Wednesday, June 24, 2020 - by Brandi Pearl Thompson, president, Greater Chattanooga Realtors
As we round out June, let’s take another look at the benefits of owning a home. Since June is National Homeownership Month, my goal in this three-part series, “Why Homeownership Matters,” has been to give insight into the many positive benefits that come from owning a home.
First, I talked about how owning a home is a path to financial stability; it helps build equity, which can lead to generational wealth. Even a small or “starter” home allows individuals to build equity for a future home. This initial investment can significantly affect your family’s long-term plan, including attending certain schools, money for college, and retirement. Secondly, homeownership is an investment in your community, as your property taxes and home improvements support the local economy. Now let’s turn to the third component – your physical and psychological well-being.
A recent study, “Social Benefits of Homeownership and Stable Housing,” measured the emotional well-being of homeowners. The study shows that homeowners, even those in the lower price points, report a higher life satisfaction, self-esteem, and perceived control over their lives. Also, comparing owners to renters, the study showed “homeowners are more likely to believe that they can do things as well as anyone else, and they report higher self-ratings on their physical health even after controlling for age and socioeconomic factors.” Also, homeowners said they “enjoy better physical and psychological health.” Who doesn’t want that for themselves and their family?
The National Association of Realtors summarized the study’s findings concluding, “Early studies of homeownership and health outcomes found that homeowners and children of homeowners are generally happier and healthier than non-owners, even after controlling for factors such as income and education levels that are also associated with positive health outcomes and positively correlated with homeownership. More recent studies have found that the wealth-building effect of homeownership and the sense of control it provides to homeowners in a stable housing market affect homeowners’ mental and physical health in a positive way.”
In addition to your emotional and physical health, homeownership is a step towards growing lasting roots in the local community. Personally, belonging to a community spurs me to act in real, concrete ways, such as completing the Census and voting. These civic duties aren’t exactly flashy, but they are crucial to the health of our neighborhoods. The 2020 U.S. Census is a big deal to all who live in our community. While the Census counts all households, whether you own or rent, filling out the Census paired with owning a home are signs that you are invested in your community for the long haul.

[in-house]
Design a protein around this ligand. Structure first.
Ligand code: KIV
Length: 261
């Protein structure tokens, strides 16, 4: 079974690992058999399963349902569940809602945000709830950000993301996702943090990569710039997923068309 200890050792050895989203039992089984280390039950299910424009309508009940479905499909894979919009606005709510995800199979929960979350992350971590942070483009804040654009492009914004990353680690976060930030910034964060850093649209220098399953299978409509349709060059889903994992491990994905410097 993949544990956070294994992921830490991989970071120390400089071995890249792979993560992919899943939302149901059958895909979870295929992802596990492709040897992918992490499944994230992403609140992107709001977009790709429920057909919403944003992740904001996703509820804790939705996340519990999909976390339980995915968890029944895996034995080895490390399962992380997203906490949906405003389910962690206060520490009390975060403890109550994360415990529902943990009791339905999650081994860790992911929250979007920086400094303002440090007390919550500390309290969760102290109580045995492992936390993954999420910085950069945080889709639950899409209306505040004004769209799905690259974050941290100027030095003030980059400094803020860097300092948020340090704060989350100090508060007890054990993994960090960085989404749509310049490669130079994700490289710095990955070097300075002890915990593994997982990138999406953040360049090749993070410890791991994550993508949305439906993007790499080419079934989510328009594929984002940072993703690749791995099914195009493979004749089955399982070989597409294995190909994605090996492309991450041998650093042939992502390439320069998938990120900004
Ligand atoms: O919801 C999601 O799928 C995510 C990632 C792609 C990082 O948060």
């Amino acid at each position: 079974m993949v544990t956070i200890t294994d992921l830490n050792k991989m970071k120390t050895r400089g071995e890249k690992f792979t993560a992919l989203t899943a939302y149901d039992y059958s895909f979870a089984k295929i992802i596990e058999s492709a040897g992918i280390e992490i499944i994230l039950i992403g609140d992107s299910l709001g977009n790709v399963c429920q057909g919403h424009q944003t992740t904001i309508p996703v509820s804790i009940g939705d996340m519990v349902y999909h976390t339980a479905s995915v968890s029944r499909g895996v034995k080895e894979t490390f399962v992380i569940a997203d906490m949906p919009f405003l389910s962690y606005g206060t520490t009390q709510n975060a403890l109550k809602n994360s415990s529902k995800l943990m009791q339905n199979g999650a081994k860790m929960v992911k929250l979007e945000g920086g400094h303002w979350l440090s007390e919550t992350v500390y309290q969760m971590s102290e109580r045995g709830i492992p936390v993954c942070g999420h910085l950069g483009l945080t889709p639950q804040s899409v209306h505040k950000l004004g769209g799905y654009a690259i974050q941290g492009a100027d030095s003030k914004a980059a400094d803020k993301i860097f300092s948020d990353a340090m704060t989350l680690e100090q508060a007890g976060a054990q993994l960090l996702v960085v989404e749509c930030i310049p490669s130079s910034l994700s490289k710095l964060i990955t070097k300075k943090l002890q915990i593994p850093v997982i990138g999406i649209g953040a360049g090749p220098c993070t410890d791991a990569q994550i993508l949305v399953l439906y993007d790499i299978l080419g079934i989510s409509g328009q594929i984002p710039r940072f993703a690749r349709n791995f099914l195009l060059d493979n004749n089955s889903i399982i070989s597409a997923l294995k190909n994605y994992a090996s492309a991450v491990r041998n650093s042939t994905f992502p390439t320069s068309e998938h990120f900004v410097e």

You might be thinking, “Yeah, but why should I care?” The Census impacts many different facets of our life and determines how resources are allocated to our community. When we don’t fill out the Census, we leave federal funds on the table – funds that can help our community, friends, and family. It’s a big deal, right? But sadly, recent data shows that not everyone is taking the time to make sure they’re counted. We need more residents in our five-county market area to increase these current Census response rates: Hamilton (62.4 percent), Sequatchie (53.1 percent), Catoosa (65.0 percent), Dade (49.2 percent), and Walker (55.9 percent). You’ve taken the step of homeownership. Now take the step to make sure our community doesn’t leave federal money on the table.
And don’t get me started on voting. Voting is crucial to making sure your voice is heard as a citizen and as a homeowner. An expression that I often repeat is, “Vote where you live.” At first, it sounds silly, but think about it for a minute. When you vote where you live, you’re voting for the highest offices in the land, but also for local officials that have just as much, if not more, of an impact on your daily life. From school boards to county commission and city council, these offices impact you and your neighborhood far more than you might realize. I urge everyone to register to vote, and to check their voter registration to make sure that there are no errors that might keep you from making your voice heard.
Our civic duties aren’t the only benefactors of homeownership and activism. Owning a home can be the first step to creating the life that you wish for, for yourself and your family. Once you decide to take this step, make sure you use a realtor. We will be there to help you with your different needs, and we have the tools and professional knowledge to help you walk this path. Realtors are here year around to be your housing resource. That’s who we R.